Local Resident Rallies for Shared Housing

For those not wishing to live alone, shared housing offers an alternative rich with benefits.

Publié le 7 mars 2017

Ormstown’s Don Rosenbaum and his wife, Debbie Bourget.

©Erika Rosenbaum

A teacher for over thirty years, Don Rosenbaum became an advocate for shared housing when he purchased his home in Ormstown many years ago.

Shared housing provides a way for seniors to remain independent, and to reduce the financial, physical and social loss that often accompanies aging. Don Rosenbaum

“I wasn’t sure I could afford to manage it on my income, and another couple, close friends, moved in with us for several years. That was the beginning,” explains Rosenbaum. While he is now retired, Rosenbaum’s enthusiasm for shared housing has pushed him to pursue his project within the Chateauguay Valley community. He cites the importance of shared living for both single mothers and the elderly in particular—especially those that suddenly find themselves alone.

According to an article prepared by Rosenbaum, “Shared housing (or home sharing) is defined as a long-term living arrangement in which two or more unrelated people share a house or an apartment. Each person has their own space, a bedroom and sometimes additional rooms, with housemates sharing common areas such as the kitchen. It is a situation that is especially appealing to seniors, who once left on their own, often face the painful decision of either moving into a retirement home, or living alone in a home that may be too large and expensive for them to maintain.” Rosenbaum, who previously served as both the president of the Association of Family Life Educators of Quebec and as a facilitator with the Partnership for School Improvement, explains further. “Shared housing provides a way for seniors to remain independent, and to reduce the financial, physical and social loss that often accompanies aging.”

While shared housing sounds like a simple enough proposal, Rosenbaum has encountered some difficulty in realizing his idea within the municipality of Ormstown. Rosenbaum was first faced with these restrictions when he and his wife, Debbie Bourget, considered converting the 45-foot barn in their backyard into an apartment for their in-laws. When they inquired after a permit, their request was denied. Rosenbaum is hoping that the MRC’s Social Development Plan, released in 2017, will change that—especially given that one facet of it is geared towards housing in particular, although it does not presently allow for changes to the existing by-laws. As for some of the obstacles that Rosenbaum’s proposal faces? “Many of our municipalities have regulations and by-laws which limit or prohibit the possibility of shared housing. In Ormstown, for example, households are limited to just two ‘boarders’, and there is currently no possibility of converting an existing outbuilding into a cottage or guest house. Additionally, references to ‘intergenerational housing’ are generally limited to mean family members, typically a grandparent living with the family.”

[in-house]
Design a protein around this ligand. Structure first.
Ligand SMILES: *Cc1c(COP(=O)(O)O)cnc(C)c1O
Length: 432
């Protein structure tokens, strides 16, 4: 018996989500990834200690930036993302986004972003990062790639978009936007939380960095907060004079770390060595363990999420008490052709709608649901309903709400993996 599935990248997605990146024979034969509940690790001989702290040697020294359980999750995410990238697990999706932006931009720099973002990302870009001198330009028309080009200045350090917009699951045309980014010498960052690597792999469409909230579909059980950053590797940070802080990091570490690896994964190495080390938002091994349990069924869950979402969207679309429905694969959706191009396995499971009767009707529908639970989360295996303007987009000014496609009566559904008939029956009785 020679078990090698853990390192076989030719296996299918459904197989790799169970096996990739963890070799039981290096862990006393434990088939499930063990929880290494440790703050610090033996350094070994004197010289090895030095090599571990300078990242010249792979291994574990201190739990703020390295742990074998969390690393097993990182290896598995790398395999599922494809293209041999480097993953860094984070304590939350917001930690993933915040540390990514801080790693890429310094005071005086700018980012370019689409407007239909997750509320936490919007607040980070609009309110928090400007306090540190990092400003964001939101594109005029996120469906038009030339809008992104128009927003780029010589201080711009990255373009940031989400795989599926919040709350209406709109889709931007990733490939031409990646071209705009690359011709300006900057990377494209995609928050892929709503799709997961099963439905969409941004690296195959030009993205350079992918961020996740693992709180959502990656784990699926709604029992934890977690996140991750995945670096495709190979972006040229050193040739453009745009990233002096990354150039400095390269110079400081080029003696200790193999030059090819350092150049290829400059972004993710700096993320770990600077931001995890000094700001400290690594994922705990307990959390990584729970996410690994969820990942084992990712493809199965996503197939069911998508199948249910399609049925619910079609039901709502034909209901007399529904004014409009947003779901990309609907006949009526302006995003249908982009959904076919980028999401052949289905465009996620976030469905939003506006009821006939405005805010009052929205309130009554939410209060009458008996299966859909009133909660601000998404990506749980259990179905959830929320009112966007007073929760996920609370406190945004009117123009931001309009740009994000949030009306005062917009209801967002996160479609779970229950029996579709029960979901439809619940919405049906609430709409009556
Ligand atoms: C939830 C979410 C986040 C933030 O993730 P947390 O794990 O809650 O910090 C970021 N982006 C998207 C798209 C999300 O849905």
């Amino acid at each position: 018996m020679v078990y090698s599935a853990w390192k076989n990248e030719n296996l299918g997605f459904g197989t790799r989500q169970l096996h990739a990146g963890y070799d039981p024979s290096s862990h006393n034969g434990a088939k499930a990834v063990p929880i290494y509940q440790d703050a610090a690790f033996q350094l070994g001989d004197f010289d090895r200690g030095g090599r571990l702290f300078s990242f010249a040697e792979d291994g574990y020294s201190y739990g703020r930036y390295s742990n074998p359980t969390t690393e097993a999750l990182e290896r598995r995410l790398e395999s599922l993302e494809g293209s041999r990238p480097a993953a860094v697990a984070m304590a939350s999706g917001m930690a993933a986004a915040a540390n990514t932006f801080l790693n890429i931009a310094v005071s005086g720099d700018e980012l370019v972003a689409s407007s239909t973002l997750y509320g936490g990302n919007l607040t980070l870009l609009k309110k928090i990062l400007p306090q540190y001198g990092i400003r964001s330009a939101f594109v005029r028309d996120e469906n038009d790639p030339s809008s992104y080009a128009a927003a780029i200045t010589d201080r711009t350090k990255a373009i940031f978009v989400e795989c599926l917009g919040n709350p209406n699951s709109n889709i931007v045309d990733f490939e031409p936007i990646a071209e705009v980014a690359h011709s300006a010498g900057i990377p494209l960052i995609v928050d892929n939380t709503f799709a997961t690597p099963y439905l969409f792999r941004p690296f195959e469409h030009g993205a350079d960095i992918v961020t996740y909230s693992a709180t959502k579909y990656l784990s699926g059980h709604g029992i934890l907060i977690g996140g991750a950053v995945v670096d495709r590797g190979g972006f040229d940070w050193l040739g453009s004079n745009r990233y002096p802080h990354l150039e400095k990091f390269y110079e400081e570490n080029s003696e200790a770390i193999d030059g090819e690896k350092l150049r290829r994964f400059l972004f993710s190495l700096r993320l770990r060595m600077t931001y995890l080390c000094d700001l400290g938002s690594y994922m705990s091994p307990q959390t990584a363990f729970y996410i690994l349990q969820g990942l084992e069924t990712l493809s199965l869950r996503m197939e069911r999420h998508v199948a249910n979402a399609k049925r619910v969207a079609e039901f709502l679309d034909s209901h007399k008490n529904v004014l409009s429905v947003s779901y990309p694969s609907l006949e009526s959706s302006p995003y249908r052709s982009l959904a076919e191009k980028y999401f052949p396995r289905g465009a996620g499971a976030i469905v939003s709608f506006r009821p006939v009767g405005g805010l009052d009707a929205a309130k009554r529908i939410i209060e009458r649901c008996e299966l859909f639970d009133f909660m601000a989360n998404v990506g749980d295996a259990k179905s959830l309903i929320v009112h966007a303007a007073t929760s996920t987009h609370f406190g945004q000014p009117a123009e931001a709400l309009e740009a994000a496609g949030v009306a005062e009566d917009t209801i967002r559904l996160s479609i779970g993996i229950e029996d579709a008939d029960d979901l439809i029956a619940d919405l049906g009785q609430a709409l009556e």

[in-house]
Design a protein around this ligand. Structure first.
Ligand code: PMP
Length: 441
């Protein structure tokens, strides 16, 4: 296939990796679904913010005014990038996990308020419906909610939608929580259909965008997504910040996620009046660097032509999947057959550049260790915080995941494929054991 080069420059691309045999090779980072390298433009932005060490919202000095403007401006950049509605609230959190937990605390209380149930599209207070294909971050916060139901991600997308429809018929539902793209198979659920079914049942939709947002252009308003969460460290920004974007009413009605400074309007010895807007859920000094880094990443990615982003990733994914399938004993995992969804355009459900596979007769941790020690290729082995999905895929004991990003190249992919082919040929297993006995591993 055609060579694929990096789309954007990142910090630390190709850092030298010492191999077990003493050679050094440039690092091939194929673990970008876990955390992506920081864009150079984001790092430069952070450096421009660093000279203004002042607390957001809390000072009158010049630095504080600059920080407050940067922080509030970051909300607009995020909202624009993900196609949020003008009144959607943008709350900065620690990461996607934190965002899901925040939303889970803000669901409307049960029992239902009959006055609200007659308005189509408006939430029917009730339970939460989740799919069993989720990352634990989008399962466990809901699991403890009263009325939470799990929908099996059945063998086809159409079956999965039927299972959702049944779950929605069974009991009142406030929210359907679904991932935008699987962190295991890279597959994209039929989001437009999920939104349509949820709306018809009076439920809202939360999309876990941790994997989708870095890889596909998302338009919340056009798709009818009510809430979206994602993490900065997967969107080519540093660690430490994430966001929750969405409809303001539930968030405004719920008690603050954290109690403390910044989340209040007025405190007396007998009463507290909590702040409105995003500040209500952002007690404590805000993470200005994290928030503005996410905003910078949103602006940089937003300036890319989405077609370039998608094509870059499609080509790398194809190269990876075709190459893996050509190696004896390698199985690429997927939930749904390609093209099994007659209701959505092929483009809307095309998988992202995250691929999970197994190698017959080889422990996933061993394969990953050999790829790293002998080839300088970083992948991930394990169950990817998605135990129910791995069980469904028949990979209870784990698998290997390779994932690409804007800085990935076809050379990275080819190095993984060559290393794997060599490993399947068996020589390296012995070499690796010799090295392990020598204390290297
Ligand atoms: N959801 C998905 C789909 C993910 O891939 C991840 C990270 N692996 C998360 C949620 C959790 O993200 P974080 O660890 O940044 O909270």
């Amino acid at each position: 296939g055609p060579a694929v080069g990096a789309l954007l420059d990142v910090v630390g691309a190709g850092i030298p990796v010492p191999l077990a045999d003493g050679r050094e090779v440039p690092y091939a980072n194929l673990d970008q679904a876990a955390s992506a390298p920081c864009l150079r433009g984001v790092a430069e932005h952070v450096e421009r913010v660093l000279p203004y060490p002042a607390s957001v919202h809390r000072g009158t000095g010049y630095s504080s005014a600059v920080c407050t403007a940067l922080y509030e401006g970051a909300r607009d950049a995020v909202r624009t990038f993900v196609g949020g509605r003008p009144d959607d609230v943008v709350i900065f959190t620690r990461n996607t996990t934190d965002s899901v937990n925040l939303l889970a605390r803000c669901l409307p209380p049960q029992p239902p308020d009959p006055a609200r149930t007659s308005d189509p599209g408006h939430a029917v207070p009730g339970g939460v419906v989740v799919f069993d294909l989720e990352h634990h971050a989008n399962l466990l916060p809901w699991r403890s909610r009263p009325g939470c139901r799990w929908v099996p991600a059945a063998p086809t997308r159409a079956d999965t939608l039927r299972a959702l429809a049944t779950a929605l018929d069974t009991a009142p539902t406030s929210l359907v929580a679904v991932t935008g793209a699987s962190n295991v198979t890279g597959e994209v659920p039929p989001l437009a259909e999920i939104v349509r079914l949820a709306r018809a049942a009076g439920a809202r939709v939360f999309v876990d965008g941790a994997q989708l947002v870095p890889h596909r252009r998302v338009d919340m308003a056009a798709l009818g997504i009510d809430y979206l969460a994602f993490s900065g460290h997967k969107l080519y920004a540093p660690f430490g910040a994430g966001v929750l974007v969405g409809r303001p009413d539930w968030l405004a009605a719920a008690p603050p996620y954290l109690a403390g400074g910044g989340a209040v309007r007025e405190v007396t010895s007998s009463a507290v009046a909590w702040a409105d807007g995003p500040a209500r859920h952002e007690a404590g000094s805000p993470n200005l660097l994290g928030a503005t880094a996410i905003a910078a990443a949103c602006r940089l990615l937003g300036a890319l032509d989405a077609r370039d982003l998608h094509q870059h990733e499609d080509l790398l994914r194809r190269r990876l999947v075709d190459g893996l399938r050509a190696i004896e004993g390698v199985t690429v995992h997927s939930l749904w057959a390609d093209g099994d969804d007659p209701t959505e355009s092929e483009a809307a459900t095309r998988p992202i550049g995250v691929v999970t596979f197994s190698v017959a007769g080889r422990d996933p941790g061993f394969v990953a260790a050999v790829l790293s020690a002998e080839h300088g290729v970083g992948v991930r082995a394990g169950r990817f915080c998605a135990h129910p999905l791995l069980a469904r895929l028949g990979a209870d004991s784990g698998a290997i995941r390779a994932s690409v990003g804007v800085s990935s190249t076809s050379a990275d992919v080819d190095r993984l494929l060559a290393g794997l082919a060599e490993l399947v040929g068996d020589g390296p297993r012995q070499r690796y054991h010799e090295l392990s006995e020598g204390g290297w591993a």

Recently, Rosenbaum was met with an enthusiastic response from one council woman in particular, who encouraged the Ormstown resident’s endeavours. In fact, she had this to say about the idea: “Interdependence is so important economically and socially and will fill the gap that used to be filled by so many volunteers that are on the decline and the fact that families today are much smaller and live farther apart.”

Shared housing is definitely a possibility within the local community. “In order for this to become an option for folks, especially single mothers and seniors, two things are needed: some loosening up of current housing regulations and some way to raise awareness about this idea, and to connect people who might be interested,” states Rosenbaum.

The municipality of Ormstown met on March 6th—Rosenbaum looks forward to hearing their collective thoughts on his shared housing proposal. For more information, consult https://www.facebook.com/groups/1764464193803630/.